I saw the 2:20 group and did the math and figured this would be a stretch goal. Then I saw the 2:10 group – those that run a 10 minute mile pace. I’ve run one 10k at a [slightly] less than 10 minute mile pace – not my comfort zone. BUT for some unknown reason, I kept taking baby steps toward that group. Then the gun went off – the race was on. I was running with the 2:10 group…what?? I figured I could start there and hope to finish between them and the 2:30 group. Best case, I could end up with the 2:20 group.
Fast forward to mile 2. This is when things really got crazy. I saw the mile 2 sign and decided right then that I was not only going to finish with the 2:10 group, I was going to run past them in the last mile. What the…?? Where did this thought come from?? I have no idea, but in that moment I believed I could and I spent the rest of the race staring at their pace sign and seeing it as a big goal bullseye.
I started thinking about all the times I achieved more than I set out to do. All those times I stretched myself – or others stretched me – and how much more I achieved when I believed in more than I ever thought possible.
When was the last time you set a goal that was so far out there you couldn’t possibly believe you would achieve it? One where you set your sights on the moon, but knew you’d be happy landing among the stars?
My take away from today – set a goal, then set a bigger one.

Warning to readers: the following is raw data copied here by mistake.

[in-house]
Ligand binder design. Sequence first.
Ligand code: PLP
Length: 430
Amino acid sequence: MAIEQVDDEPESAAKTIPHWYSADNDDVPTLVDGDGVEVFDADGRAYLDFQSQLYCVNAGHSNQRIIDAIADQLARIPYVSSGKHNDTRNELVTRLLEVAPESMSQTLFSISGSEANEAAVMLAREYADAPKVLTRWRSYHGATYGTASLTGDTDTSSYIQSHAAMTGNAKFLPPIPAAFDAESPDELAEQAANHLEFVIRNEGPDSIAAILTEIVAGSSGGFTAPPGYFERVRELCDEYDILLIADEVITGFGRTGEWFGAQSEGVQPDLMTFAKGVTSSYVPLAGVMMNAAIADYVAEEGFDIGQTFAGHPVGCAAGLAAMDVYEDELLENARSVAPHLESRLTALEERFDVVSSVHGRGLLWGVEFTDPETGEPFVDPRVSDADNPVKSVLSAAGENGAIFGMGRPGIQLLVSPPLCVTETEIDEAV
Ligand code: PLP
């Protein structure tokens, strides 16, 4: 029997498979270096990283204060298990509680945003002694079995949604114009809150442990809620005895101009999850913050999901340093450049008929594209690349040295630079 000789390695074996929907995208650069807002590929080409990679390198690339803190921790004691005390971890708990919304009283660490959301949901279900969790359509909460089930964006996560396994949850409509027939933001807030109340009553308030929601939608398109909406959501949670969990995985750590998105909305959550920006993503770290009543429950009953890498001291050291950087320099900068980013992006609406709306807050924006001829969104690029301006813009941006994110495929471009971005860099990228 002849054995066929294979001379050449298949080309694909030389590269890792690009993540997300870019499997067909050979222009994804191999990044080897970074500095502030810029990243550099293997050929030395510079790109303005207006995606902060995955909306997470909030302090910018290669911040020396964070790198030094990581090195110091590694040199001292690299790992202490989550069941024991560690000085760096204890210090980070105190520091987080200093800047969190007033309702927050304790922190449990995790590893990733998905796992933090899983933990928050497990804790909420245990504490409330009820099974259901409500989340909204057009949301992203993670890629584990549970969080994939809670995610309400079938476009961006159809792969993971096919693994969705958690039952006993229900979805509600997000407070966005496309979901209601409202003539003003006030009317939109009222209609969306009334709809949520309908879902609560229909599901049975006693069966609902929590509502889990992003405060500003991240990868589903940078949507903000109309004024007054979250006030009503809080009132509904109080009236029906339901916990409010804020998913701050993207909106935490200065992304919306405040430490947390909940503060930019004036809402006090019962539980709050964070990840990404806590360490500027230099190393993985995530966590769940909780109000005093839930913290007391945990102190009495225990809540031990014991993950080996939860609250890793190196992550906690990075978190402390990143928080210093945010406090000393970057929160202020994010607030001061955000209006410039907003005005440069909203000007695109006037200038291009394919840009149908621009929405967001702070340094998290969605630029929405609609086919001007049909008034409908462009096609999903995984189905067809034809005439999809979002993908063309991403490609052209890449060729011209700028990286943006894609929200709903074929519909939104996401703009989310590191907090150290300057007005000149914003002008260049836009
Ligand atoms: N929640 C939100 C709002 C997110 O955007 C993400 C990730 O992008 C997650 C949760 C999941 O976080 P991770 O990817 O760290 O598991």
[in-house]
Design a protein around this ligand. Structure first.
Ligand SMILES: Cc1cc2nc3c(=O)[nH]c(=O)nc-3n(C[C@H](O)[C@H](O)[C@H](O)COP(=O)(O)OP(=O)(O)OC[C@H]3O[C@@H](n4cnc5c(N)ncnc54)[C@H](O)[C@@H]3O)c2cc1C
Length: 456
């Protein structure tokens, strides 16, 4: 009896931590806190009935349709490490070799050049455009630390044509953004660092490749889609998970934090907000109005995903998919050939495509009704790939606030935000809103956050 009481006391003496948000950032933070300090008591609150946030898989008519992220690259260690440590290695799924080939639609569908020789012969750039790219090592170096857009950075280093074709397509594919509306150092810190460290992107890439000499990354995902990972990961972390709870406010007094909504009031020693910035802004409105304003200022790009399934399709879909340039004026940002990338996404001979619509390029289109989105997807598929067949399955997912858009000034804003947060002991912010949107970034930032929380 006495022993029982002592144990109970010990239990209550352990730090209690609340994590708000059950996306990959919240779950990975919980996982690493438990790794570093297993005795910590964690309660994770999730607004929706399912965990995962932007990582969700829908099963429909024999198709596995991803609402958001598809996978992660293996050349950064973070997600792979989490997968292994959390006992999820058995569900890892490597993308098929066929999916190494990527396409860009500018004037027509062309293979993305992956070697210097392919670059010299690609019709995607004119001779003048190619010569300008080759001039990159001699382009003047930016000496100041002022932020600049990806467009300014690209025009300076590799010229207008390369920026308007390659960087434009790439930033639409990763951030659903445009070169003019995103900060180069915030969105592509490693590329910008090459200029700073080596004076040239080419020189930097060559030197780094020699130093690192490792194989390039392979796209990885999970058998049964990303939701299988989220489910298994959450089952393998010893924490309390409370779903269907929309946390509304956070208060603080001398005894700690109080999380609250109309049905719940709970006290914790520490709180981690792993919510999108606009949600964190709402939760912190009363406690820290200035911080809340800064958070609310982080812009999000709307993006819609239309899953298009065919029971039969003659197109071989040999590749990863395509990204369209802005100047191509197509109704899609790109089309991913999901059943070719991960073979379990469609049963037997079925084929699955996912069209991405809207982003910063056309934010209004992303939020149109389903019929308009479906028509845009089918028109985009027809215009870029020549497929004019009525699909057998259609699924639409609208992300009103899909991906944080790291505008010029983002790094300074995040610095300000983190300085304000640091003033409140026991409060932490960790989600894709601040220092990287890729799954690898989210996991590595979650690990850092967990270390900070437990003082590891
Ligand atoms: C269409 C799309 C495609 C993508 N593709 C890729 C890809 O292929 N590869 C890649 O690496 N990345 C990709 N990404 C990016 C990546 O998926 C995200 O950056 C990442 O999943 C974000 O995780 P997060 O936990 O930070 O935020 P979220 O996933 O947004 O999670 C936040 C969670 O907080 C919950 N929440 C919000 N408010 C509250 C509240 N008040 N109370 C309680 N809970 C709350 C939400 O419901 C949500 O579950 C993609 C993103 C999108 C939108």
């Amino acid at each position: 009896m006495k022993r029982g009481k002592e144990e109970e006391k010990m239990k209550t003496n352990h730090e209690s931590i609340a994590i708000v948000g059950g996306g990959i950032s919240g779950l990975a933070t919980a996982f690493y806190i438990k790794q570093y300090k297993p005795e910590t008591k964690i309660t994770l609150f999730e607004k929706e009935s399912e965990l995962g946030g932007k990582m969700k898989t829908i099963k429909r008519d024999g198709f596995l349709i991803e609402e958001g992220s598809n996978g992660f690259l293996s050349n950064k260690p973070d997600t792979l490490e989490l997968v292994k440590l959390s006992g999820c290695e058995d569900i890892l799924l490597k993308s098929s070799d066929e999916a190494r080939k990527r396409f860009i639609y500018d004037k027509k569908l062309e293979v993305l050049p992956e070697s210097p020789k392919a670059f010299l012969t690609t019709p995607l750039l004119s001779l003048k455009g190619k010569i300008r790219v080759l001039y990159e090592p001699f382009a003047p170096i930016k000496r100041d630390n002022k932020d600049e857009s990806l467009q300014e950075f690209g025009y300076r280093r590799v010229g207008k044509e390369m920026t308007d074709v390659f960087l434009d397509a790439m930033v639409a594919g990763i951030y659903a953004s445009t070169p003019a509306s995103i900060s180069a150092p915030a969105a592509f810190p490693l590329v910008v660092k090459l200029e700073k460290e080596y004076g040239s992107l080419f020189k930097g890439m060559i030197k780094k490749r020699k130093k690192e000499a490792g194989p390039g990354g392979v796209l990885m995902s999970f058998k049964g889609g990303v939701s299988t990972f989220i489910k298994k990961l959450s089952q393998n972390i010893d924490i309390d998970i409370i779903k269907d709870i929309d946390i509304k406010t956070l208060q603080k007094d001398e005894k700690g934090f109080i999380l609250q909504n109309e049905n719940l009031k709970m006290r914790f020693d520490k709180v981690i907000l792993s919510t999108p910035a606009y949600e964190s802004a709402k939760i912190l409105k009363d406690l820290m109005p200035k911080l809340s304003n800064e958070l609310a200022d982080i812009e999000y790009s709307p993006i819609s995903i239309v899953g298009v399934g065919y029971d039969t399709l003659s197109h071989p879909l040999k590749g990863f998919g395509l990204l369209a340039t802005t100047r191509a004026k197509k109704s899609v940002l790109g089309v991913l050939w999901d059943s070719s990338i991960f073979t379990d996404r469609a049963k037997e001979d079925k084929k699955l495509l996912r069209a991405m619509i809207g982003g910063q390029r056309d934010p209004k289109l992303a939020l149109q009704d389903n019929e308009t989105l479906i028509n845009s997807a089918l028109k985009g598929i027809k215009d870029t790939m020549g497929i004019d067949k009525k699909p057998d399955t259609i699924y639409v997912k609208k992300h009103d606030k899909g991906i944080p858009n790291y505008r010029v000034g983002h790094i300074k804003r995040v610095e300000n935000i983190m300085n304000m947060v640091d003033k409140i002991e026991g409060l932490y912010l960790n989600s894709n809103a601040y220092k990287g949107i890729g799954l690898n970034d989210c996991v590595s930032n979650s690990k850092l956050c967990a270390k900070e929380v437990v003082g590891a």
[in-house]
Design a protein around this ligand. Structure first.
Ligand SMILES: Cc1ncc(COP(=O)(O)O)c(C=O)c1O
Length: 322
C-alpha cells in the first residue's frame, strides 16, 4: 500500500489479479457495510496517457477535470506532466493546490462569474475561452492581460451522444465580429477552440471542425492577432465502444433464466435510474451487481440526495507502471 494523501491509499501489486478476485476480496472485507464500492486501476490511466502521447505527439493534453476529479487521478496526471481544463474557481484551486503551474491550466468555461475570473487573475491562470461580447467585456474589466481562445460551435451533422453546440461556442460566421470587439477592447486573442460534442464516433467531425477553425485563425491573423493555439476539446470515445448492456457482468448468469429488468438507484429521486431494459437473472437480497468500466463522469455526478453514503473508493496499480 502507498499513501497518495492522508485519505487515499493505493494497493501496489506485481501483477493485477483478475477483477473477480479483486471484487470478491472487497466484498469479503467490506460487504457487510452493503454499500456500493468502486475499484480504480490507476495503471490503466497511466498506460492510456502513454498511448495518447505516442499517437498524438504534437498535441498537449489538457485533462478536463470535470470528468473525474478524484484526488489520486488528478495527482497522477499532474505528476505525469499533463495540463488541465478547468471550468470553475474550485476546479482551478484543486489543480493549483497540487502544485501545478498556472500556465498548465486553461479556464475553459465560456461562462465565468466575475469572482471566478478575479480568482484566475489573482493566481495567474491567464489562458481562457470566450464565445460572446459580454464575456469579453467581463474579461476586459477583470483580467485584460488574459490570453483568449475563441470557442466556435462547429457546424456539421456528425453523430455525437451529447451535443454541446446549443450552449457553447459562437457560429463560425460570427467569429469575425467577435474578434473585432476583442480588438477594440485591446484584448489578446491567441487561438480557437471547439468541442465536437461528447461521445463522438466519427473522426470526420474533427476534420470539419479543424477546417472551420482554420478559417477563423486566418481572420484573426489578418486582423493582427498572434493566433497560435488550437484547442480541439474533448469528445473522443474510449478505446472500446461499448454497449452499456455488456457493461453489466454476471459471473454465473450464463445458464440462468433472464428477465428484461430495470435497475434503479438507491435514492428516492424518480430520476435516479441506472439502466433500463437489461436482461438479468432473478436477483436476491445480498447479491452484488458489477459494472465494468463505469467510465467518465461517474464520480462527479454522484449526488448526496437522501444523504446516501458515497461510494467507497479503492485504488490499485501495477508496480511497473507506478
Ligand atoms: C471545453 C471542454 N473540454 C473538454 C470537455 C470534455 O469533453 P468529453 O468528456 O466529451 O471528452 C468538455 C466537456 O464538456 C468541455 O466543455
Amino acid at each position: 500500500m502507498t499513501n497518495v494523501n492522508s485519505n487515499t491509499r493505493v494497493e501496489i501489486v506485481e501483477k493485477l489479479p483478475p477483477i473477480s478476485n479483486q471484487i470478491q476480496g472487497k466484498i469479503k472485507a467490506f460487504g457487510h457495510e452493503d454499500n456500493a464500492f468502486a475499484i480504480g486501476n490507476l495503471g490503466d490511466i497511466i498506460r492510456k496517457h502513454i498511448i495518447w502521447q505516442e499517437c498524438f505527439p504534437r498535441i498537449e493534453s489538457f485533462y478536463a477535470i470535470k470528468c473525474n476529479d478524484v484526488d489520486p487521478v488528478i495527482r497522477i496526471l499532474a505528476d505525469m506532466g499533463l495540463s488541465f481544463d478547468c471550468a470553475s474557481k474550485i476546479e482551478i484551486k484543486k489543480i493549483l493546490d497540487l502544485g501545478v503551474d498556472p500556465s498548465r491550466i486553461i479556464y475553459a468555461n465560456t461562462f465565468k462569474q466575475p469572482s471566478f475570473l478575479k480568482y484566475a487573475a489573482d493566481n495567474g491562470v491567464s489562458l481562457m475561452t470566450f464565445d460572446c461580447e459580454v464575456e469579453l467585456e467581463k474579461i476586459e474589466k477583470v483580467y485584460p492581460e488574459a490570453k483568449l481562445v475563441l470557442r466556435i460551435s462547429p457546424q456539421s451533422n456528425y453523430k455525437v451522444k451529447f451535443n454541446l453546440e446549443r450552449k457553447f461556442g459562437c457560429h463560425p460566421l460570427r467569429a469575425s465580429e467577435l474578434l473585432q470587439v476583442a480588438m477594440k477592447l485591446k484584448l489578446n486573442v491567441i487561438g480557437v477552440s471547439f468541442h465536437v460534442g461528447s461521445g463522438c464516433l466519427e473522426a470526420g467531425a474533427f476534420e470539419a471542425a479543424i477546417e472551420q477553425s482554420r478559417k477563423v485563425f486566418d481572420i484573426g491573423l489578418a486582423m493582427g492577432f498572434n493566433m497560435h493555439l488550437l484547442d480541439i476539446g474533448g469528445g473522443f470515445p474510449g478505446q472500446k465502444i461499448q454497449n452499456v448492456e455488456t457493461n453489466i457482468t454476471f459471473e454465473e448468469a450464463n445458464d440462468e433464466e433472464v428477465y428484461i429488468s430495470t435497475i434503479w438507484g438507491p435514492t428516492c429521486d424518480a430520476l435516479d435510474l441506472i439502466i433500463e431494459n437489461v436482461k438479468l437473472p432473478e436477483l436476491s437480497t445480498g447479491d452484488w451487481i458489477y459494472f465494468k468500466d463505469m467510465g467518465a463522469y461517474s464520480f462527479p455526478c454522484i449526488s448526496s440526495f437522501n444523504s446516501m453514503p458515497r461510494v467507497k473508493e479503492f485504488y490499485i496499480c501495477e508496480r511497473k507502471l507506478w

4. Hills and Butts
I’m not writing this to tell you life was perfect this morning. Some of the hills were killer. What do I do when I have to run hills? I grab onto a fact – the fact that hills work your butt muscles – and who doesn’t love a nice butt? That may be too much information, but for me, I have always loved having strong legs. It may come from my days as a skier, who knows?
In any case, every time I internally groan about a hill my mind is conditioned to think about the benefits of hills – benefits you cannot get from running on flat ground.
Changing my mindset to find the positive in every challenge has helped me immensely in all areas of my life. As a widow, there were (and still are) times where it was hard to just breathe. Then I focus on being thankful that I can breathe, I’m here, and I can breathe, which means I still have time to make a difference in this world.
While I don’t love hills, I do love what they can do for my butt!
5. One foot, and then the other.
There were also times during this run that my mind said that “I couldn’t”. At 0.1 miles I got a side ache. Really? I wasn’t even out of the parking lot! Then I remembered that I just needed to breathe correctly with my steps – and keep taking those steps.
At mile 5 my hip flexors tightened up and my knee started to hurt. I could have stopped to stretch, but I knew if I stopped I would struggle to start again – I’m just not that type of runner. If I allow myself to give up even a little bit, then I would struggle not to give up more. So I kept going, one step at a time. My music cycled and I focused on the scenery and the beat and kept moving. It worked!
When you don’t know if you can – just keep moving. You will get where you are going faster and be glad you didn’t allow yourself to do less than you were capable of.